In Part 1 of my Ode to Jon Langford, I only mentioned his visual art passingly. But his artwork is not second to his music. The visual and sonic are entangled in the best kind of way. As Langford wrote, in his song “Pill Sailor“:
“These ropes are all knotted and tangled round me, I’m a sailor who wandered a little too far from the sea…”
My theory is that the art and the music all come from the same place in my brain. This may or may not be true, but I have convinced myself. And it all flows back and forth quite nicely…. killer bees pollinating Venus fly-traps for ever and a day!
This image (“Don’t Be Afraid”) has been haunting me since seeing his work up close at the Clay Street Press in Cincinnati. It’s hard to convey his jolts and textures on a computer screen. They’re iconic and distressed and distressing and and there are also these gorgeous hopeful bits of aquablue everywhere. I guess it’s just more of that life stuff seeping through, the stuff that is usually the reason an artist keeps at it regardless of the tendency to have to climb up steep hills to do anything aside from the default.
Maybe my vision of interdisciplinary aesthetics really comes down to not accepting defaults. Put another way, if we stop thinking, what is the point?
Seems to me the point is to make things that weren’t there in the first place. To make things from nothing. Is that what making art is? Music? Writing? There’s stuff (somewhere, in a tube, in the brain, somewhere we find it) and we make new somethings.
The stuff and the brain or soul or gut collide and make new somethings.
My soul has been itching to post about seeing Jon Langford in Cincinnati. Now, spring evaluations turned in and a writing deadline met (with almost 2 hours to spare) I can breathe in and out and recall that evening…
I had a lovely conversation with Skull Orchard violinist Jean Cook, told her how my four-year-old daughter (beginning fiddler, who loves the music that swirls around Langford) is a big fan of hers. Jean Cook was kind, and wonderful to watch play. Langford is one of those people who surrounds himself with other great people, whose work fits into this fantasy I have about a group of creative humans converging to forge an exquisite tool that splits open the world, reconfiguring it into a place where people make instead of trash things, where the work people do brings honor, intrigue, and inspiration to the inside of the soul’s corners…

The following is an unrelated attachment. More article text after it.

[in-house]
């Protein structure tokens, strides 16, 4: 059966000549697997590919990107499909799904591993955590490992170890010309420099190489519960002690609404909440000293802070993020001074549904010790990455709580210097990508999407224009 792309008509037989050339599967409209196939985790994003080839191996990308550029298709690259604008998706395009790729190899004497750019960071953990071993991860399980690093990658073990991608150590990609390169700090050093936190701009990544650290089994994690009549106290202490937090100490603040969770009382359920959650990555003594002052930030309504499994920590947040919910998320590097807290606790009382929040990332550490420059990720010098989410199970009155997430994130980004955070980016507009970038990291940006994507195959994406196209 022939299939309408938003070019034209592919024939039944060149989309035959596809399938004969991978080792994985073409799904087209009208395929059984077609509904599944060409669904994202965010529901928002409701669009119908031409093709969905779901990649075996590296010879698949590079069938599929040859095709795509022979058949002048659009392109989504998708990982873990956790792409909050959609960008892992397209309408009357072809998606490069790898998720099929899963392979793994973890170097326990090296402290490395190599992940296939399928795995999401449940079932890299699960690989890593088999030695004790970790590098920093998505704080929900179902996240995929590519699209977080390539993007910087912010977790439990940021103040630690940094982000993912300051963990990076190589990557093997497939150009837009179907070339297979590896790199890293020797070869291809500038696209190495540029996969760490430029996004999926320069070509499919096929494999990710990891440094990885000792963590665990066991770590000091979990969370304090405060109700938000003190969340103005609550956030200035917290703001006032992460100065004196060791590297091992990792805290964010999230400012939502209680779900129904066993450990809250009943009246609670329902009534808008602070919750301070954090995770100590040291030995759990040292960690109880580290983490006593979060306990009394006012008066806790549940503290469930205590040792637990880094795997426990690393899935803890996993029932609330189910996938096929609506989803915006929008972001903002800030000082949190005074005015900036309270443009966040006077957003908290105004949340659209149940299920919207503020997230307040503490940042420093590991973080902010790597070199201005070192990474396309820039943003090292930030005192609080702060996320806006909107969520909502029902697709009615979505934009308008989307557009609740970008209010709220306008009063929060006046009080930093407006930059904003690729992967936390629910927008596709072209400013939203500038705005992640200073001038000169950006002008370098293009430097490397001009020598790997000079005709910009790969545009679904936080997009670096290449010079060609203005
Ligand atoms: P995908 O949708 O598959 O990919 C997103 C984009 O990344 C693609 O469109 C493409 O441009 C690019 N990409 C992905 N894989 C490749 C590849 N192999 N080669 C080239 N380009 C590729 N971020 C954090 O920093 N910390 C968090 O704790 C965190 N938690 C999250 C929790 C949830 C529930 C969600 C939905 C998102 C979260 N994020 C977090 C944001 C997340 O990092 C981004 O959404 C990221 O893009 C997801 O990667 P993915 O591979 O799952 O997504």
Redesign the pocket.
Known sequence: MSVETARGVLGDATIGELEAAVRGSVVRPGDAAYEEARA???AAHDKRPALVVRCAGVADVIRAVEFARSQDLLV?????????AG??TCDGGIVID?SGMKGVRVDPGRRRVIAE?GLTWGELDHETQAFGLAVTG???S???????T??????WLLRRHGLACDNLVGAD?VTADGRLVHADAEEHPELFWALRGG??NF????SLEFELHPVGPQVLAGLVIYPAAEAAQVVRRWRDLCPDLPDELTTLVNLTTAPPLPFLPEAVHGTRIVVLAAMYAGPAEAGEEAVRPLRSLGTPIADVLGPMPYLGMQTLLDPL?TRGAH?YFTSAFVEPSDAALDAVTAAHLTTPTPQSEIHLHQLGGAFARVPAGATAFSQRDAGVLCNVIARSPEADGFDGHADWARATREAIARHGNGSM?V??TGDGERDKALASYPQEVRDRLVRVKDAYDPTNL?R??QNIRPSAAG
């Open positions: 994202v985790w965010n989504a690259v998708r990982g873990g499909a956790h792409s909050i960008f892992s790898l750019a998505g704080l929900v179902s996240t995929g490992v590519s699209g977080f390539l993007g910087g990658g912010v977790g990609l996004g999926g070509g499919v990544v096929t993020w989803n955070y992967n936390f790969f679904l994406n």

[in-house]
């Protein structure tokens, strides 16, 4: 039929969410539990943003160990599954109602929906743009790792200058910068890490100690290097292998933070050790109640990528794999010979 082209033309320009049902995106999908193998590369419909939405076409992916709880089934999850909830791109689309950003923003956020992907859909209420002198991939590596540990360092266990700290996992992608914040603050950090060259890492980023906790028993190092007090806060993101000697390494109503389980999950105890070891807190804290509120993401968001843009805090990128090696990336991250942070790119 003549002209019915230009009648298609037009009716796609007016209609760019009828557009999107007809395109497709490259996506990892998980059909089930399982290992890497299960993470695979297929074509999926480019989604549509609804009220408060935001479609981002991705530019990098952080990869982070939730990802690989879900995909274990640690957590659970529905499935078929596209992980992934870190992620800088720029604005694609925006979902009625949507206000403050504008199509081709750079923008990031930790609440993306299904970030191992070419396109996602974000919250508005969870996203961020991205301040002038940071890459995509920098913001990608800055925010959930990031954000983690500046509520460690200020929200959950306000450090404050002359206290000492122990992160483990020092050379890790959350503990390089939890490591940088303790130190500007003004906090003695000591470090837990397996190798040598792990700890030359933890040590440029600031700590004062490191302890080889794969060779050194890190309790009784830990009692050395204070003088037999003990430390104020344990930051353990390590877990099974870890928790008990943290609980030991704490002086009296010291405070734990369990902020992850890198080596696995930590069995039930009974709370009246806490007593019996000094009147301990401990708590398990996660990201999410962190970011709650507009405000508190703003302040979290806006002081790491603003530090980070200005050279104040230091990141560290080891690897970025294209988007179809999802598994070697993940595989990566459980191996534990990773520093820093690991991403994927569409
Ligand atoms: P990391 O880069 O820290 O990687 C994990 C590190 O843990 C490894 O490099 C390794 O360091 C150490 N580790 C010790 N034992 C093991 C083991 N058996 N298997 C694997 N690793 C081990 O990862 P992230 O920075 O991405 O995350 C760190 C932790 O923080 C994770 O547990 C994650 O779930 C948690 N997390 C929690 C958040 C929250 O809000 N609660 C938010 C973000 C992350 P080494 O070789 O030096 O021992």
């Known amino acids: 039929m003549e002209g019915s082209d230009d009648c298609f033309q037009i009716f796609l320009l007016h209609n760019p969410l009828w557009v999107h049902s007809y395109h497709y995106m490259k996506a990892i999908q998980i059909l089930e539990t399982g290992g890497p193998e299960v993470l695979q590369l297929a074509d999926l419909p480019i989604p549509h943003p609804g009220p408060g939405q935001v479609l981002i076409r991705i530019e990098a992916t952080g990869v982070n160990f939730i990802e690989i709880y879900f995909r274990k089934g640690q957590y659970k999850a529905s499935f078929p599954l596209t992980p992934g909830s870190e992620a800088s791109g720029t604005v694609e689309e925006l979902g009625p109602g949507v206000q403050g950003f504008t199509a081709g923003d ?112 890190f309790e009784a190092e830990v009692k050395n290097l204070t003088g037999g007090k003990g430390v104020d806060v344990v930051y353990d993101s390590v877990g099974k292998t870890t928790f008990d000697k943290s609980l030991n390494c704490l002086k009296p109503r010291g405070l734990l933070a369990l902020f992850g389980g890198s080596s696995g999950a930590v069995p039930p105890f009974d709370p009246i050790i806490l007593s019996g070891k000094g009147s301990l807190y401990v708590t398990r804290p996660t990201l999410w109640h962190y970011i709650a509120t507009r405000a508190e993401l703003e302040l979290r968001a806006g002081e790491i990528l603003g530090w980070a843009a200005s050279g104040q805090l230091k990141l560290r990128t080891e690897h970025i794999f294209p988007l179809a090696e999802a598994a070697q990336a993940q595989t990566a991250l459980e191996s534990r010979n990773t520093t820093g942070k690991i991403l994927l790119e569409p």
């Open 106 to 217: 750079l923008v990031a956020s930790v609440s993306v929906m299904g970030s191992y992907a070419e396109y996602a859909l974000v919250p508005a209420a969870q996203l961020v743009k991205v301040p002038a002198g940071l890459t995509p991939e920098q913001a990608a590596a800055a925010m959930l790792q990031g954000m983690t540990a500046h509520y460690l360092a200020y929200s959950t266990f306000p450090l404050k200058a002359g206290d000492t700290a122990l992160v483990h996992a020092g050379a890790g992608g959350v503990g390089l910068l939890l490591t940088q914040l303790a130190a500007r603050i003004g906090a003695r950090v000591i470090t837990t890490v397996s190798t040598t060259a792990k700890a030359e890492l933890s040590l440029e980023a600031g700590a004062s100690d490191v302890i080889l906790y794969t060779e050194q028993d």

I just wanna be there.
Dream alert: This morning I had a dream. I was in Seattle, working at the Annex Theatre with some of the people who were there in the 1990s. (It’s notable that I worked there briefly in the real 1990s but never felt cool or connected to the core of the place, to its inner tribe.) In the dream, it was 45 minutes to curtain, and I kinda knew my lines, but wasn’t confident. I had a small role, and I decided I really didn’t care if I knew my lines–I’d wing it. (This is progress. Usually my theatre dreams center around having to go onstage in five minutes, having just gotten the script. Classic, clichéd performance anxiety dreams.) In this morning’s dream, as we were getting ready for the show, in the velvety backstage light, I put Langford’s Skull Orchard Revisited on the turntable and on came “Tom Jones’ Levitation.” I asked one of the Annex guys what he thought of the music. He dug it; everyone did. It was one of those peak moments where art meets heart and you really can fly, like Tom Jones. Someone gave me a bag of home-grown dried peppers. I asked if they would help me stop sweating and feel less nervous, or if they were the kind to have with chocolate. (Yeah, chocolate was the answer.) The moment was one of ensemble. Of generosity. We were doing our work, and all was well in this badly broken world.
Taking me back to Jon Langford. Watching, witnessing, meeting one of the remaining anti-sellouts fed my creative soul, swept out shadows, sweated out, through peppers and chocolate and dreams, the chaff, jettisoned all the gunk that stops me making stuff. Lifted me from the daily overwhelm, through silence and apathy, allowing me to write anything.
I think people who do stuff like this give others license to create.
Eternal gratitude to all who are even considering what we do, and make, and how we live.